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House investigation into UCF calls for more checks and balances

The House probe also  criticizes UCF’s board for not paying enough attention.

The misspending of operating money on buildings that took place at the University of Central Florida demonstrated a lack of checks and balances not just between the university’s administrators and its board but also between UCF and the Florida Board of Governors, a House of Representatives investigative report finds.

A draft of the House Public Integrity and Ethics Committee investigative report, being released Tuesday, flatly declares that UCF illegally misappropriated $85 million of state Education and General Fund money on construction projects, including the Trevor Colbourn Hall building that has been at the heart of various probes in the past eight months.

That finding, while the crux of the committee’s and other investigations into UCF’s financial activities, is not new. Indeed, with the exception of concerns raised about how UCF invested carryover money in equities, the House committee’s report offers no new revelations about specific financial misdeeds or points of concern.

Rather, the draft report focuses on why the UCF Board of Trustees did not stop misdeeds, and why the Florida Board of Governors did not seem to offer much direction to the university or notice something was amiss, until the Florida Auditor General first revealed $38 million in E&G misspending on Trevor Colbourn Hall last summer.

The draft report speaks to a “dereliction of duty” by UCF administrators, “laxity of oversight” by the UCF Board of Trustees, and a failure to provide “specific guidance” by the Board of Governors. The report makes a half dozen broad and dozens of specific recommendations to change regulations and policies to address those alleged failures.

The report comes after House investigators interviewed, under oath, 13 current and former UCF officials. A 14th, President Emeritus John Hitt, declined to be interviewed.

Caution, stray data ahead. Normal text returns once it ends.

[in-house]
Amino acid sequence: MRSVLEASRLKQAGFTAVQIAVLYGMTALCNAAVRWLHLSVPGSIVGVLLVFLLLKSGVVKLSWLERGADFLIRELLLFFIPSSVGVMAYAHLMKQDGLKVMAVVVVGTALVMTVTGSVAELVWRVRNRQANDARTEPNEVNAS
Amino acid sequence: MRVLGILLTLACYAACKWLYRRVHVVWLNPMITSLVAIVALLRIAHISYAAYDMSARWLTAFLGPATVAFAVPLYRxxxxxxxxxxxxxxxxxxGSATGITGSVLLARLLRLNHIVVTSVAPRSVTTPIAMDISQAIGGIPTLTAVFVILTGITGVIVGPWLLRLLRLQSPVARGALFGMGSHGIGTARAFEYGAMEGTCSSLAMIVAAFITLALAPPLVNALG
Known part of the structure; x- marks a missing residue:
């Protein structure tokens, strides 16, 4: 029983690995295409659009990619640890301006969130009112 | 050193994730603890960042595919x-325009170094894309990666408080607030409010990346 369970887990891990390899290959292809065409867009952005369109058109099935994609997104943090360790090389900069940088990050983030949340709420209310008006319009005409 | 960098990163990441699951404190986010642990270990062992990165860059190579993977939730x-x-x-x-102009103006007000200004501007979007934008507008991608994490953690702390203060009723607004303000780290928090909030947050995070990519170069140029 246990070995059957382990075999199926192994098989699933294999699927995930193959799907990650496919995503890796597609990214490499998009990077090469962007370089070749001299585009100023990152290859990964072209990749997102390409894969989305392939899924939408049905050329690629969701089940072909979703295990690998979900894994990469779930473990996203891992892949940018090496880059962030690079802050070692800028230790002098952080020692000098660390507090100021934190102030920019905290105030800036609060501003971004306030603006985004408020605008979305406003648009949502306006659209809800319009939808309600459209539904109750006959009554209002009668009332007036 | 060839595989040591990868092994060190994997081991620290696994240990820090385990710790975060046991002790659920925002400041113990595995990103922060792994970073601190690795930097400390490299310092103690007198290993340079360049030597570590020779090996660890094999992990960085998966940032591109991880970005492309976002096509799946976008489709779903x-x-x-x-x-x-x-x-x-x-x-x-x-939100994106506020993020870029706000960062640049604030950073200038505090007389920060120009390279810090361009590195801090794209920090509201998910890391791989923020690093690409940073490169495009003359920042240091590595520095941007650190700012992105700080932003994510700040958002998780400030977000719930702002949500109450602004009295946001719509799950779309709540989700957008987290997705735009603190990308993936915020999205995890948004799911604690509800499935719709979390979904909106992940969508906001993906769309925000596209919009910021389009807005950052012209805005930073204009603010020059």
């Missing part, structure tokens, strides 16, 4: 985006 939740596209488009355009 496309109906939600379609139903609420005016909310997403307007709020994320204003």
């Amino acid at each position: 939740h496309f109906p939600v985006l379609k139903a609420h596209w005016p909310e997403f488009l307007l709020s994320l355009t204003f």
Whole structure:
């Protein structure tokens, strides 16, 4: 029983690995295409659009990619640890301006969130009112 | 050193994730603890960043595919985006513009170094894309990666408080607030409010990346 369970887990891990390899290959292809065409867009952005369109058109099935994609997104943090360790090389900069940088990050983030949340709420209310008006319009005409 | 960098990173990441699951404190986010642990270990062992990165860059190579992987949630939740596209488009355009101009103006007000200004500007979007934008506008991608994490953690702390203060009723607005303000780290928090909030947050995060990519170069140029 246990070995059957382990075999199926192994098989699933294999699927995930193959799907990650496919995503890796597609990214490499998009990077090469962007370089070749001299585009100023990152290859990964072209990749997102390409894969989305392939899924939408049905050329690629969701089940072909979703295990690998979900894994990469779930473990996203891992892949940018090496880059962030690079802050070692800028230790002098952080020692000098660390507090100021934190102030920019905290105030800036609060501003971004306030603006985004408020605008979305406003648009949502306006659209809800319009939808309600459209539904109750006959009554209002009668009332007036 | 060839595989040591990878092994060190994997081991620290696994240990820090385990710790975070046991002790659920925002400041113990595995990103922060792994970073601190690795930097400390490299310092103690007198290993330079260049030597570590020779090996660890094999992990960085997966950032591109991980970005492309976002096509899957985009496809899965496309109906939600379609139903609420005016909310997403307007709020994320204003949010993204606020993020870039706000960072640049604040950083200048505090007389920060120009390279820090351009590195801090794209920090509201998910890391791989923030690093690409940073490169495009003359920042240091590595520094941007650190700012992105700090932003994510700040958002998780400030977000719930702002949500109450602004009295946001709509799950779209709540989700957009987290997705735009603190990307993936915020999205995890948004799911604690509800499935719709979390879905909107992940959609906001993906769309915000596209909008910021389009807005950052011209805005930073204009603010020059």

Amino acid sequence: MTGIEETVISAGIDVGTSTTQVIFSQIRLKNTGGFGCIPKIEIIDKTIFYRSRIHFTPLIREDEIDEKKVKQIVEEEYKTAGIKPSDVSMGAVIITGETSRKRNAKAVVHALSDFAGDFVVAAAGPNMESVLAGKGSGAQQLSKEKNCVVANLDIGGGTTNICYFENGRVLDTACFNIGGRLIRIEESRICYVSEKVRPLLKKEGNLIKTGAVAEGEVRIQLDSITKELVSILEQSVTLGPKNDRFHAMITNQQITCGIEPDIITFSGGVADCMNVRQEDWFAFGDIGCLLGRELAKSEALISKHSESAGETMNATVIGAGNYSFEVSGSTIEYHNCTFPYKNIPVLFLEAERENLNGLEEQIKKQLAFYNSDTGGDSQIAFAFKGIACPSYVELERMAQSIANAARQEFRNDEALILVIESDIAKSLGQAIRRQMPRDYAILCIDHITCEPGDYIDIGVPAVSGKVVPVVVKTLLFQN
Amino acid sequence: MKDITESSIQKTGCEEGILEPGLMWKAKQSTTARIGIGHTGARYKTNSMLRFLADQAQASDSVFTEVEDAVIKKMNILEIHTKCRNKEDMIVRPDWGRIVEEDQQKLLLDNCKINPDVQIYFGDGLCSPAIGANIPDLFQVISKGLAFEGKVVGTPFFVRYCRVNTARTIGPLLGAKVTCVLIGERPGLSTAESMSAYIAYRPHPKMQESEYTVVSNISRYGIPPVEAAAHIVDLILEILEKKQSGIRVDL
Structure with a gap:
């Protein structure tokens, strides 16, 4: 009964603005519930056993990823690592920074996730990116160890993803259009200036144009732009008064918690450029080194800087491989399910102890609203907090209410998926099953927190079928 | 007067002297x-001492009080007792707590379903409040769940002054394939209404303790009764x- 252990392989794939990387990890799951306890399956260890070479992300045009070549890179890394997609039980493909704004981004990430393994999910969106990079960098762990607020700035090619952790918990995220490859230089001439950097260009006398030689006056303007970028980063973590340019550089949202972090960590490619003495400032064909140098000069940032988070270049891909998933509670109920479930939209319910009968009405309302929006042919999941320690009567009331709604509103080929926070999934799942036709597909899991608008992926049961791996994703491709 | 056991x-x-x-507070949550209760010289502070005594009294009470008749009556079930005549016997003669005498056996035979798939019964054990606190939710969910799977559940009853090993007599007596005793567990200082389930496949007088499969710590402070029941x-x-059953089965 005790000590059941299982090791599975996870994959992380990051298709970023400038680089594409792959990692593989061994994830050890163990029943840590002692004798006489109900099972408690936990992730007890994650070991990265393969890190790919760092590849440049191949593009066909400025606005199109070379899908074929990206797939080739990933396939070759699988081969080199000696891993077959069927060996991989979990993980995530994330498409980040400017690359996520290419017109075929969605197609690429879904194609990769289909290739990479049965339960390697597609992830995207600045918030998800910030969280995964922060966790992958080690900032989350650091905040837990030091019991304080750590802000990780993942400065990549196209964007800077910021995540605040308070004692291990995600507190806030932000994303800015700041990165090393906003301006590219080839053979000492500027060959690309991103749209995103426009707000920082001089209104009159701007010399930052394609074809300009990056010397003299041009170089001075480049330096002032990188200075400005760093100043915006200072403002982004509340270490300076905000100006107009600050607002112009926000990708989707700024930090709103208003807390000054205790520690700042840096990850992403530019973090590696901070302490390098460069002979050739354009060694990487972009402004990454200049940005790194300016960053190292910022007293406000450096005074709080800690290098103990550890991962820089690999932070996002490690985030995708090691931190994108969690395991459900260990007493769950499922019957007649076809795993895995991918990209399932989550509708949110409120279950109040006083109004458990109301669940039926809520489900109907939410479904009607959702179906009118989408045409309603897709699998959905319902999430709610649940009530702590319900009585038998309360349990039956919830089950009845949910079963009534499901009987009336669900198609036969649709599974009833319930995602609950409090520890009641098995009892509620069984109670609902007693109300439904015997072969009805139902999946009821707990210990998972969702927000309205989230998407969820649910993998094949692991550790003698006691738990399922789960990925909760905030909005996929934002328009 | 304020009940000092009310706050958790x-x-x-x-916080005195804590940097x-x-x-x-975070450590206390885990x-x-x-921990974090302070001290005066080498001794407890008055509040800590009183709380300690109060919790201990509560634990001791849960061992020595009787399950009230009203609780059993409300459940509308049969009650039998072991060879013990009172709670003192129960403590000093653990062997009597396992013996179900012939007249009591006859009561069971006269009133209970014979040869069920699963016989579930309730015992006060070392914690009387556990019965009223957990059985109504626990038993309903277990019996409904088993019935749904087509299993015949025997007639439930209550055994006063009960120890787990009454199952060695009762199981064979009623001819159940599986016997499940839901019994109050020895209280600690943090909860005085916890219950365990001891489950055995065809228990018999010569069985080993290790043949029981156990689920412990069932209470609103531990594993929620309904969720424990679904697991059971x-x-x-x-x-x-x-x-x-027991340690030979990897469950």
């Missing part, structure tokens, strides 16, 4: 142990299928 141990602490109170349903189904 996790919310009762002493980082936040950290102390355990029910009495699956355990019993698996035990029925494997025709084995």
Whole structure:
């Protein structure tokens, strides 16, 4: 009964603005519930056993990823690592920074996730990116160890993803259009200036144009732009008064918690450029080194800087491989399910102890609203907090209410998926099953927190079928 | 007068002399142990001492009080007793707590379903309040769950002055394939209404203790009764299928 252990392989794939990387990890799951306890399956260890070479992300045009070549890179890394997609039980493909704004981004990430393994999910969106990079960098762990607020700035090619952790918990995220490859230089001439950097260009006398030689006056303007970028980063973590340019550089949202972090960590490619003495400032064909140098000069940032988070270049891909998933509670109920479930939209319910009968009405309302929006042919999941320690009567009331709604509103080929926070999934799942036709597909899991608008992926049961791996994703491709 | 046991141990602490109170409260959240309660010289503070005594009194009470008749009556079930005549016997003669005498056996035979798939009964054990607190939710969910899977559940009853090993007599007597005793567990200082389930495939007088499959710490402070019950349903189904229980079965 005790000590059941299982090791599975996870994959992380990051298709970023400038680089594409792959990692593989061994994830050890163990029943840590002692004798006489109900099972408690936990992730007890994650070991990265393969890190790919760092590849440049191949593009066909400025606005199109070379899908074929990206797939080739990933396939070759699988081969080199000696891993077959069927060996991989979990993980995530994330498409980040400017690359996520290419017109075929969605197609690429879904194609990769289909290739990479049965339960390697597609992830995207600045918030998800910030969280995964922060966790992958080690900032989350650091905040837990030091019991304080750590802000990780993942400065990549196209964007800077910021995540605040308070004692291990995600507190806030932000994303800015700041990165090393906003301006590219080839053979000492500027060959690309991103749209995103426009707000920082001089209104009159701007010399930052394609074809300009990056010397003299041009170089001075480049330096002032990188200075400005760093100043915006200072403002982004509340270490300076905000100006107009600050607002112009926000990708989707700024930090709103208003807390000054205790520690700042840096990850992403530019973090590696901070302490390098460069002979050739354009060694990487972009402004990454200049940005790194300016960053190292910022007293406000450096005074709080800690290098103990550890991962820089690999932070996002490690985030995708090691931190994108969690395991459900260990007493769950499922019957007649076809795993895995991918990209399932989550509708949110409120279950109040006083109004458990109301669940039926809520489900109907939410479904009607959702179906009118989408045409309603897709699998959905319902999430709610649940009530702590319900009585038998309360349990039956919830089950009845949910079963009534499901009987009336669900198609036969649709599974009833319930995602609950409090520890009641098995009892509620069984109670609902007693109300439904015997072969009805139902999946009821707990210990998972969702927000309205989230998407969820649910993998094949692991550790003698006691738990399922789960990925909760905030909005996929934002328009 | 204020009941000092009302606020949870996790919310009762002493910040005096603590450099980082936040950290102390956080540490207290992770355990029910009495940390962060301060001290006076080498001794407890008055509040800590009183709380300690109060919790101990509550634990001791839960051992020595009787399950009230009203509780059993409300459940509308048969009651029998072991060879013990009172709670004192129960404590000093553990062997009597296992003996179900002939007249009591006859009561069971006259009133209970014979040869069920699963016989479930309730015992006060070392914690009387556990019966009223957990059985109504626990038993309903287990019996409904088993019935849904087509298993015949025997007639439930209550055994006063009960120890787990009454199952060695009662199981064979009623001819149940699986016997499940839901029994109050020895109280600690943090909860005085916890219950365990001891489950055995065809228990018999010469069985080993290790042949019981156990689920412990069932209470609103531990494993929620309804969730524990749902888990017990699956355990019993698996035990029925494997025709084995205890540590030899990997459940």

The House committee expands blame from what UCF’s own outside investigation had determined. That investigation, by the law firm Bryan Cave Leighton Paisner, reported in January that the misspending was directed by former Chief Financial Officer Bill Merck, with assistance from a few underling administrators, all done under the authority and approval of then-President Hitt.

The House committee report charges that former UCF President Dale Whittaker, who succeeded Hitt in July and resigned last month, appeared to be withholding key information from the UCF Board of Trustees as recently as last fall, after the Florida Auditor General’s first revelations. Whittaker had resigned insisting he was guilty of only not knowing enough detail himself to know UCF was violating state law, and of trusting Hitt and Merck, who had been there for decades before he arrived.

The House probe also  criticizes UCF’s board for not paying enough attention throughout.

“The Committee finds that BOT members were unaware that UCF was violating state laws, but they could have and should have known more than they did,” the draft report states. “The BOT may have been misled by the administration, but they also neglected to review information closely and failed to ask detailed questions. In combination, the dereliction of duty by UCF administrators and the laxity of oversight by BOT members created significant risks for UCF.”